Prosecutors seek to compel William Porter to testify in all officers' trials

Prosecutors in Freddie Gray case ask court to compel Porter to testify in all fellow officers' trials.

Prosecutors want to call Officer William G. Porter to testify against all five of his fellow officers in the arrest and death of Freddie Gray, and are asking the court to force him to take the stand.

They had previously filed motions, which were granted, asking the court to compel Porter to testify in the trials of two of the officers, Caesar R. Goodson Jr. and Sgt. Alicia D. White.

But in motions filed Thursday, they are asking the court to compel Porter also to take the stand in the trials of Officers Edward M. Nero and Garrett E. Miller and Lt. Brian W. Rice.

A joint hearing in the cases of Nero, Miller, Rice and White has been scheduled for Wednesday afternoon to discuss those motions and another by White seeking to challenge the existing order compelling Porter's testimony in her trial.

The motions, if granted, could prevent any of the officers' trials from occurring before March because of Porter's appeal before Maryland's second-highest court, asking that it block the lower court's order forcing him to testify.

The state's desire to have Porter testify in the Goodson and White trials helped drive the separation of the cases and shaped the initial court schedule in which the six trials were to occur between December and March, with Porter's followed by Goodson's and White's.

However, after Porter's trial last month ended in a mistrial after the jury was unable to reach a unanimous verdict on any of the four charges, including involuntary manslaughter, he objected to taking the stand in the Goodson case, saying that any order compelling him to do so would violate his constitutional right against self-incrimination in his retrial and in any subsequent federal prosecution. The FBI is also investigating Gray's death.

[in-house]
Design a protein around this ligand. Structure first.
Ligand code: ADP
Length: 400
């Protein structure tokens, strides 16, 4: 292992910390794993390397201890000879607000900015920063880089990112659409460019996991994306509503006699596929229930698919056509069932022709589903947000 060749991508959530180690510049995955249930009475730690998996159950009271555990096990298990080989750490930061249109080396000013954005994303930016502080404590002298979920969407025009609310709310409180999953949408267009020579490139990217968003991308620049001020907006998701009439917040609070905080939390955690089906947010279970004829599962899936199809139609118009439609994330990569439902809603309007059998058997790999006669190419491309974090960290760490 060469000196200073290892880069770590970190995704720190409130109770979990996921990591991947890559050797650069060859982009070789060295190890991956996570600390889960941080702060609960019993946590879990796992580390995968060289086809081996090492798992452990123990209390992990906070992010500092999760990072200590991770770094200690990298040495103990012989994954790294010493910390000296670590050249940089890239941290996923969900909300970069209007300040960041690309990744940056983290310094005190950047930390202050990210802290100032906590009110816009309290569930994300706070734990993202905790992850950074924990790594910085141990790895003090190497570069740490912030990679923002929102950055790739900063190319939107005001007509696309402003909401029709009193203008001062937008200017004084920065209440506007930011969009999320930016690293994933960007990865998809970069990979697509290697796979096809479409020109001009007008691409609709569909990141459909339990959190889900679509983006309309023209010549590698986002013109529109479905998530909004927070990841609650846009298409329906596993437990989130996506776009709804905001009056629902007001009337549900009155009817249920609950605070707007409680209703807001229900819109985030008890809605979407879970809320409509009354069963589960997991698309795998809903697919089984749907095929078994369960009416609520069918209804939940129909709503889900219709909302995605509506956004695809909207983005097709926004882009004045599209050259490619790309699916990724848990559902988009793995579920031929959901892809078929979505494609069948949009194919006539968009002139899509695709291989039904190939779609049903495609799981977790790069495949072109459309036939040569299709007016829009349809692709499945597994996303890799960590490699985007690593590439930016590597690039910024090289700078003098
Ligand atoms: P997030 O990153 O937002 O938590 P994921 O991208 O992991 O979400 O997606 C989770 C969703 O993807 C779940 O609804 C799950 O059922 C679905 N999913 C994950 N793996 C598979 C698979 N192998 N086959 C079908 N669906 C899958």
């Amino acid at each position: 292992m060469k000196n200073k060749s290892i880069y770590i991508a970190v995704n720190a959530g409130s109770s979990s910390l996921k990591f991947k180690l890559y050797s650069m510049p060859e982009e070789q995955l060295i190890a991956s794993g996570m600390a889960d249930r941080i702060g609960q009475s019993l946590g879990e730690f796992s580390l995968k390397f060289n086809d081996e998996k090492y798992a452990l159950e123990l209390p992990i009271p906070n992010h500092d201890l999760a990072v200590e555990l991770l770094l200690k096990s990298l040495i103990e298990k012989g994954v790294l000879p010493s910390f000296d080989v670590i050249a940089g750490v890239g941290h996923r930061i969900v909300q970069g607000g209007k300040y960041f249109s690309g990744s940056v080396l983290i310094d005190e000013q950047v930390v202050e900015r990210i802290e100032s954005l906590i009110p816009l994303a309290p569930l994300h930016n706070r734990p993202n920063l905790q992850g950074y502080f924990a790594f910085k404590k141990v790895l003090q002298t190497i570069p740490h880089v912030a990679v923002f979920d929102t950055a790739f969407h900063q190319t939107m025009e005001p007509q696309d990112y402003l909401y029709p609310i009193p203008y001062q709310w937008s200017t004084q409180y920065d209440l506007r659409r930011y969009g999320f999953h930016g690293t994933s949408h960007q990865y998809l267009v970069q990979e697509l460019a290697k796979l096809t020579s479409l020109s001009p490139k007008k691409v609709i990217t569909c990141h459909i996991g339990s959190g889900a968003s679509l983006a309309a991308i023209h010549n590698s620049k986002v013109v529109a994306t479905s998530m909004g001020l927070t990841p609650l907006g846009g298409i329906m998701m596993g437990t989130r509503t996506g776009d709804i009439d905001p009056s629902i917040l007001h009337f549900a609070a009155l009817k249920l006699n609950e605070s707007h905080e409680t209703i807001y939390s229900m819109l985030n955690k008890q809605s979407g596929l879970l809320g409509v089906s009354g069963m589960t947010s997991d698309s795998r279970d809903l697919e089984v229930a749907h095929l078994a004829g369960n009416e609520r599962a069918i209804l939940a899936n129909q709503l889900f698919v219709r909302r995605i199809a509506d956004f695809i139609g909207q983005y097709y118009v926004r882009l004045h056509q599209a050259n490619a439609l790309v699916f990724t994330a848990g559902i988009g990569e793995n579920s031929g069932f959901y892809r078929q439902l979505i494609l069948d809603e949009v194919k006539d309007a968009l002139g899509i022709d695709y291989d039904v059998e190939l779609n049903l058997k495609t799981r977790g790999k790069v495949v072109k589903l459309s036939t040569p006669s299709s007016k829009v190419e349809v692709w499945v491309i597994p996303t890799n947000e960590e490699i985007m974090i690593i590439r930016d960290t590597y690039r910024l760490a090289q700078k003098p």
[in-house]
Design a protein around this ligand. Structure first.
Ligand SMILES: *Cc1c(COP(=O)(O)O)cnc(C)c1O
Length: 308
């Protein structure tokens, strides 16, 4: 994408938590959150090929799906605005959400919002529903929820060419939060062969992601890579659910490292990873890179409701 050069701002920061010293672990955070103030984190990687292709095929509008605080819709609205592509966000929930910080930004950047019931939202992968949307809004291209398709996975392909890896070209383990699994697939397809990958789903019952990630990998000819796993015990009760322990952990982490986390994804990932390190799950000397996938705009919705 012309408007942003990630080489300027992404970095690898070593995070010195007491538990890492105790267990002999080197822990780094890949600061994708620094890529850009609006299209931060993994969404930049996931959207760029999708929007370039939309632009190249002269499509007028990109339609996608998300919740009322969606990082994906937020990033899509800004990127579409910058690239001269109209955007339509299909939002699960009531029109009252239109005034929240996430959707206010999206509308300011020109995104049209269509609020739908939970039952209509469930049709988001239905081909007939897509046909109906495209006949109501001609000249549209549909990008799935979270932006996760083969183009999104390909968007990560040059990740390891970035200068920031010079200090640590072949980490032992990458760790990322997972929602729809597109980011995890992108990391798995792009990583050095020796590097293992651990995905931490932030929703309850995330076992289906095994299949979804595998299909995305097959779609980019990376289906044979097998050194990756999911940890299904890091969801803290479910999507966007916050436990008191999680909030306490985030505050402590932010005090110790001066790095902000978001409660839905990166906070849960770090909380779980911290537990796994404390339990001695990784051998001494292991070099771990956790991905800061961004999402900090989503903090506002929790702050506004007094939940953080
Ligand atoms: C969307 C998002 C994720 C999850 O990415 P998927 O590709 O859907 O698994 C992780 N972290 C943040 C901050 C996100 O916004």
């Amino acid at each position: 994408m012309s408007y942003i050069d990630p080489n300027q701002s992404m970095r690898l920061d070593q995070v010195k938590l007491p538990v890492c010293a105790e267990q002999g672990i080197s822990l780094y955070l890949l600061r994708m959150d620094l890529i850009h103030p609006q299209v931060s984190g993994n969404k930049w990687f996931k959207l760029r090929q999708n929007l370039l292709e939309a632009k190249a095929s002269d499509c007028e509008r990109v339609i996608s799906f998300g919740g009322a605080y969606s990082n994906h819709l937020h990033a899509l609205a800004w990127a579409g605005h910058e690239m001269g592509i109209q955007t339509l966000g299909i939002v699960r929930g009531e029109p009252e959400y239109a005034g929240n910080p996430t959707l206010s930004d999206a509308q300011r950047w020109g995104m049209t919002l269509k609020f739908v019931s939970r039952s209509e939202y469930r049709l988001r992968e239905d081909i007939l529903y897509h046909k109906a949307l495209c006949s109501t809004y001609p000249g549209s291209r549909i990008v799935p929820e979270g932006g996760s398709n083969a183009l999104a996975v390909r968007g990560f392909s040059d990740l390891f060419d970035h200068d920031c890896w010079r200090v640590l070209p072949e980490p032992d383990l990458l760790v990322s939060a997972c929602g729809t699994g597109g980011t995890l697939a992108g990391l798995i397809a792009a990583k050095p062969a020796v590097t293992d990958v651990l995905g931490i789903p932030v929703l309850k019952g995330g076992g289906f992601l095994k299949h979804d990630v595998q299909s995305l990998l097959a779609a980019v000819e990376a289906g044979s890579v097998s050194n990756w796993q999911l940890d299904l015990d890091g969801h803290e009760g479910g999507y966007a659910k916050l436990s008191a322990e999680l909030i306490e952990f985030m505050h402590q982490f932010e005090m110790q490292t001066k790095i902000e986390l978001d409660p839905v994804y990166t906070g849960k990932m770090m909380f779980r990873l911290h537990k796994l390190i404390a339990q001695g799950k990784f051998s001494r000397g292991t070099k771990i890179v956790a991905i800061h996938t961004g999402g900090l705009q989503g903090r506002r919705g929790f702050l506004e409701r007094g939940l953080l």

Baltimore Circuit Judge Barry G. Williams ordered Porter to take the stand, saying the state's offer of limited immunity — blocking what he says on the stand from being used against him in his retrial — would sufficiently protect his rights.

Goodson's trial was supposed to have started this week. But after Porter filed his appeal, the Court of Special Appeals issued a stay pending its decision. It scheduled arguments on the matter March 4, the earliest it could issue a ruling.

Gray, 25, suffered a severe spinal cord injury in police custody in April. His death sparked protests against police brutality, and his funeral was followed by rioting, looting and arson. Baltimore State's Attorney Marilyn J. Mosby filed charges against the six officers May 1.

Williams' order compelling Porter to testify in Goodson's trial was unprecedented in Maryland, and some experts predicted that it would have a domino effect, spurring such requests across the state in cases with co-defendants.

Goodson's defense attorneys argued in a recent motion that compelling Porter to testify against Goodson — who faces the most serious charge of second-degree depraved-heart murder in the case and is the only one of the six officers who did not give a statement to police investigators — could lead to scenarios that "completely eviscerate the purpose of their constitutional protections."

"In fact, every single defendant involved in the April 12, 2015, arrest and transport of Mr. Gray could be compelled to testify in the case of Officer Porter (or any other defendant) under the state's theory," they argued.

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